Uber surge sparks passenger outrage as one user receives CAD $1,100 NYE bill

Matthew Lindsay accepted a ride at 8.9 times the regular price on New Year’s Eve 

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The Independent Online

An Uber passenger is calling for fairer prices and better warnings after being charged $1,114.71 for a cab ride on New Year’s Eve.

Matthew Lindsay, an electrical technologist from Edmonton, Canada, accepted a ride at 8.9 times the regular price on New Year’s Eve after celebrating a wedding at the Southwood Community League in Mill Woods.

The journey required several stops and the customer said he had not calculated the final rate himself nor received an estimate from the cab-hailing company.

"At this point I had no context, no idea, what the end cost was going to be. Those are things you don't think about. You're just trying to get home responsibly,” Matthew Lindsay told CTV Edmonton.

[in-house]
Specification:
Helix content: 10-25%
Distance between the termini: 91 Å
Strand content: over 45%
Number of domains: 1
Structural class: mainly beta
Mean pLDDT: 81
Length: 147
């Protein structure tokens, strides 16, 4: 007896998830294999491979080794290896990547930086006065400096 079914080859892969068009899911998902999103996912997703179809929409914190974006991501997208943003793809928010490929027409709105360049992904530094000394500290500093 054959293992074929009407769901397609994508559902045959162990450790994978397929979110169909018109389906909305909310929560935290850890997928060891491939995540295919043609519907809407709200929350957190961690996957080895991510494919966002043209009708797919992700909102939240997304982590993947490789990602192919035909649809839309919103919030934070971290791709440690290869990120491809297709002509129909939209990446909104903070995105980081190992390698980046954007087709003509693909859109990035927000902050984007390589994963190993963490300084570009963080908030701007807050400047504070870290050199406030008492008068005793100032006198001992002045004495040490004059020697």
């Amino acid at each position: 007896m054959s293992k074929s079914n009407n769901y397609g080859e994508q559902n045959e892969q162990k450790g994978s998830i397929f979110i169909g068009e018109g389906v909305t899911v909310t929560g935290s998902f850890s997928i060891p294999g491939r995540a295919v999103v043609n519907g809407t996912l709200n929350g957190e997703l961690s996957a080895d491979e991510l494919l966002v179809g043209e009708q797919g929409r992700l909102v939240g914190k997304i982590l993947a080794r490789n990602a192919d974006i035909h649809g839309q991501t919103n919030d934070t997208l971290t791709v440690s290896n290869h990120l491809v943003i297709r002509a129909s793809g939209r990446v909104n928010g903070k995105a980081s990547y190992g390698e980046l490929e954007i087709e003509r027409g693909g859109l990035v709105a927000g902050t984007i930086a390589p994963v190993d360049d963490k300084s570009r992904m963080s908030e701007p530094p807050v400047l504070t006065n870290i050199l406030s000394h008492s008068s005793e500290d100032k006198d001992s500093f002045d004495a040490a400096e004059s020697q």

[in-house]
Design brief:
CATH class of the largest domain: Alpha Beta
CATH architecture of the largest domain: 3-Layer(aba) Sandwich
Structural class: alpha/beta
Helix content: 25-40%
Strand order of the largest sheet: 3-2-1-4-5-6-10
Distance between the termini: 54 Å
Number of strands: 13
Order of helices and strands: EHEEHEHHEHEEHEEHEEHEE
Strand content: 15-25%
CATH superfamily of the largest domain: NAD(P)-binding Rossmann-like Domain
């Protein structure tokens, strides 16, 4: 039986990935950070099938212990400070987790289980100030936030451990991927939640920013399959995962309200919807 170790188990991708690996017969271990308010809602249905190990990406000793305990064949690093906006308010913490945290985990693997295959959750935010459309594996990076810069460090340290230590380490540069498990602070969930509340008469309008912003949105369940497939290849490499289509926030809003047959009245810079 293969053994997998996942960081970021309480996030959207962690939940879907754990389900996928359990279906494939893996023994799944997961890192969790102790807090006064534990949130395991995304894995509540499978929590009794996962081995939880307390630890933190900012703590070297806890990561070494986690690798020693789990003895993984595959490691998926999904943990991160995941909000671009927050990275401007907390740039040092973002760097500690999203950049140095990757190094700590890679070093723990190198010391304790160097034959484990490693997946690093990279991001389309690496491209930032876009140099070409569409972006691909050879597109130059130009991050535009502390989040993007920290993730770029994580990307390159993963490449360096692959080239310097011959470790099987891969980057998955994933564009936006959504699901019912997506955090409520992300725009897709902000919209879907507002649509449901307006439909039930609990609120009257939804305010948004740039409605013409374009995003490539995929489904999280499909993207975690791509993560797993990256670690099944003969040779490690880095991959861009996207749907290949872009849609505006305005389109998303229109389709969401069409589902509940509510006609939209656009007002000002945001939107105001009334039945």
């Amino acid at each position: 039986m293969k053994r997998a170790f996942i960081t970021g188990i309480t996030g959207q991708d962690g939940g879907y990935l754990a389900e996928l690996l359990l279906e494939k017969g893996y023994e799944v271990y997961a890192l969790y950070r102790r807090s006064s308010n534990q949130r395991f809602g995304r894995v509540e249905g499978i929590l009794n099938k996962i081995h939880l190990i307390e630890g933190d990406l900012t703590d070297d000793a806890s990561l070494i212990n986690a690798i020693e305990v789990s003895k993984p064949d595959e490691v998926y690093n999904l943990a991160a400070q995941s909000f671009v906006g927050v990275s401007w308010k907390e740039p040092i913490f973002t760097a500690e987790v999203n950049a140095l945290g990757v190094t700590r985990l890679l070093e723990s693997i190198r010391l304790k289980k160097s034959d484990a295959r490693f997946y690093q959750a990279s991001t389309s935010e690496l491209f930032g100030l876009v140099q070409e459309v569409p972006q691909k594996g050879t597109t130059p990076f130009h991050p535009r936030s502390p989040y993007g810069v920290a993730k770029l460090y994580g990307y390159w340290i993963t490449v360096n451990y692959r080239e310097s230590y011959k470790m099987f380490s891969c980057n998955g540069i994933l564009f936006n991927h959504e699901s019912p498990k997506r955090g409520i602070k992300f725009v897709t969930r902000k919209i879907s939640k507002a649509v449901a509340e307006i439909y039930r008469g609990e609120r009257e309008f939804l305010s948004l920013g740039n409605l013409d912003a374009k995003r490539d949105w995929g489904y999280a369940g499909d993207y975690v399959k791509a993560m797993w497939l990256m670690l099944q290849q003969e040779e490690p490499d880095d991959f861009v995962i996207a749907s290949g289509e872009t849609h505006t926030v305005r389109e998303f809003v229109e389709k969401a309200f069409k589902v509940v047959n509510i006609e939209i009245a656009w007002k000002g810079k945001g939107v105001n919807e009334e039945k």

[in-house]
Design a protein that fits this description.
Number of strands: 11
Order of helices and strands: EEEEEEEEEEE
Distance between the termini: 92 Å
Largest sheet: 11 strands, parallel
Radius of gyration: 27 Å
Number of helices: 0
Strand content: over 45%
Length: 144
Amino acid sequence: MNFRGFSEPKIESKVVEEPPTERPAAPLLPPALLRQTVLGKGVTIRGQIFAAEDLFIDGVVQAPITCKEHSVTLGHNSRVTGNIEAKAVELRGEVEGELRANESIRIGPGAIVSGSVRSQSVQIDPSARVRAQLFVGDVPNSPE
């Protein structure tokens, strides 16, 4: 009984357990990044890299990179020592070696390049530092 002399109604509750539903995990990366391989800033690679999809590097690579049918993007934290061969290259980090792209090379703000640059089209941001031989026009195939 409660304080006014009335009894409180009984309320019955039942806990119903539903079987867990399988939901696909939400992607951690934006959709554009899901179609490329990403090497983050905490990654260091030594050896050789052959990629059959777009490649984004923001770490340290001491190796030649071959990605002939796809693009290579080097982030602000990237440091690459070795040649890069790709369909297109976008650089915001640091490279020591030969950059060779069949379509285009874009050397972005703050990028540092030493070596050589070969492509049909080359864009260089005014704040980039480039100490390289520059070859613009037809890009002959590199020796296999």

Uber’s surge function, which kicks in during rush hours or at any time when the customer demand is higher than the number of cars available on the road, has drawn criticism before.

In the US hundreds of customers took it to social media to complain after waking up to huge bills on New Year’s Day.
 


Many blamed Uber for taking advantage at a time when they were under the influence of alcohol and trying to get home responsibly.

Others made fun of the situation.

Matthew Lindsay said the fact that he was drinking made him more vulnerable to the excessive rate.

“That’s their main clientele, intoxicated people… I understand that I accepted that surge rate. But I didn’t hit a button to accept a $1,100 bill. I could fly to the other side of the world for that price,” he said to the Edmonton Journal.

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Uber has agreed to refund half of the fare after Mr Lindsay shared his story with the media on Saturday. However it said that the customer had agreed to the surge pricing.

Uber says surge pricing is one way to ensure everybody can get a ride home on a busy night.

"When more people need rides than there are drivers on the road, surge pricing (provides an incentive for) drivers to offer rides where and when they are needed most," spokesperson Jean-Christophe de Le Rue said in an email.

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